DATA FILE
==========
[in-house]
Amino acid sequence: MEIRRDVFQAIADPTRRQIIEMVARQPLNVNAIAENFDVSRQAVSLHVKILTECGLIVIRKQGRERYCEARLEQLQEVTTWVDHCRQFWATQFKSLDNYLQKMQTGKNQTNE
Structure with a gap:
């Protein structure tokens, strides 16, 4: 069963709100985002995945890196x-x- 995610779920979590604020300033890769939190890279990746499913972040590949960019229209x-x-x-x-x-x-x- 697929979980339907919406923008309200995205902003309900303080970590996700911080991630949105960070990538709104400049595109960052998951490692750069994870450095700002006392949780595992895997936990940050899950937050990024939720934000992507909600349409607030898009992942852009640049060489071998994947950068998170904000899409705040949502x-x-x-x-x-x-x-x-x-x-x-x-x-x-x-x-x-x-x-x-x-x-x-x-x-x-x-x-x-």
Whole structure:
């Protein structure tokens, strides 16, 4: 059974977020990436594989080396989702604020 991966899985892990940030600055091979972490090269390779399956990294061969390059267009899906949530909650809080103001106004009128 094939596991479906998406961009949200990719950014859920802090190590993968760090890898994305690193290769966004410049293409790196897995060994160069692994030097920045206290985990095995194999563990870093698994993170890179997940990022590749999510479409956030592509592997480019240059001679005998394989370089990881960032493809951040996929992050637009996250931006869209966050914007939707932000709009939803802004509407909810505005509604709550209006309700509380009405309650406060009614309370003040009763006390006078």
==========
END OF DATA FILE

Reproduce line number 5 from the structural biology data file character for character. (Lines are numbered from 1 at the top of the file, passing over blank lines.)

Whole structure: